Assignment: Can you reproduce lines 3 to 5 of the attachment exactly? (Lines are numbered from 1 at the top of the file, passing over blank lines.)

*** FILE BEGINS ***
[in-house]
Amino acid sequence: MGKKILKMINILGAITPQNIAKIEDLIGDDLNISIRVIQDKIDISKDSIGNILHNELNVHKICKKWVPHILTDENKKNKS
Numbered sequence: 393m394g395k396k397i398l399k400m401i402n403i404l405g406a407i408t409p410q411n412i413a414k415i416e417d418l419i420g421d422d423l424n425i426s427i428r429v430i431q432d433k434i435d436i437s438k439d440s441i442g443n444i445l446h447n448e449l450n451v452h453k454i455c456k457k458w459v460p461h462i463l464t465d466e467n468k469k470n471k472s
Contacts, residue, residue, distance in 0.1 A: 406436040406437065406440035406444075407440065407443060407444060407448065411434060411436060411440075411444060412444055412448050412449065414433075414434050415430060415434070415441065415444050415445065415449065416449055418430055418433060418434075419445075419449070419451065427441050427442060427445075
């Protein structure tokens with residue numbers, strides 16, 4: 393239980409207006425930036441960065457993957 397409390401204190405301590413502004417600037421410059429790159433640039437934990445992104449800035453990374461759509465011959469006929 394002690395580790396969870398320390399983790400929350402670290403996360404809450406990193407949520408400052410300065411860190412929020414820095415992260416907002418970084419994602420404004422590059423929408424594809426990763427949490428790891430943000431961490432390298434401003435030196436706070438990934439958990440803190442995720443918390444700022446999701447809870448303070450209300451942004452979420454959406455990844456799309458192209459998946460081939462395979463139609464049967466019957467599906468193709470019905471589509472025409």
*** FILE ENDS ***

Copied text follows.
Numbered sequence: 393m394g395k396k397i398l399k400m401i402n403i404l405g406a407i408t409p410q411n412i413a414k415i416e417d418l419i420g421d422d423l424n425i426s427i428r429v430i431q432d433k434i435d436i437s438k439d440s441i442g443n444i445l446h447n448e449l450n451v452h453k454i455c456k457k458w459v460p461h462i463l464t465d466e467n468k469k470n471k472s
Contacts, residue, residue, distance in 0.1 A: 406436040406437065406440035406444075407440065407443060407444060407448065411434060411436060411440075411444060412444055412448050412449065414433075414434050415430060415434070415441065415444050415445065415449065416449055418430055418433060418434075419445075419449070419451065427441050427442060427445075
């Protein structure tokens with residue numbers, strides 16, 4: 393239980409207006425930036441960065457993957 397409390401204190405301590413502004417600037421410059429790159433640039437934990445992104449800035453990374461759509465011959469006929 394002690395580790396969870398320390399983790400929350402670290403996360404809450406990193407949520408400052410300065411860190412929020414820095415992260416907002418970084419994602420404004422590059423929408424594809426990763427949490428790891430943000431961490432390298434401003435030196436706070438990934439958990440803190442995720443918390444700022446999701447809870448303070450209300451942004452979420454959406455990844456799309458192209459998946460081939462395979463139609464049967466019957467599906468193709470019905471589509472025409």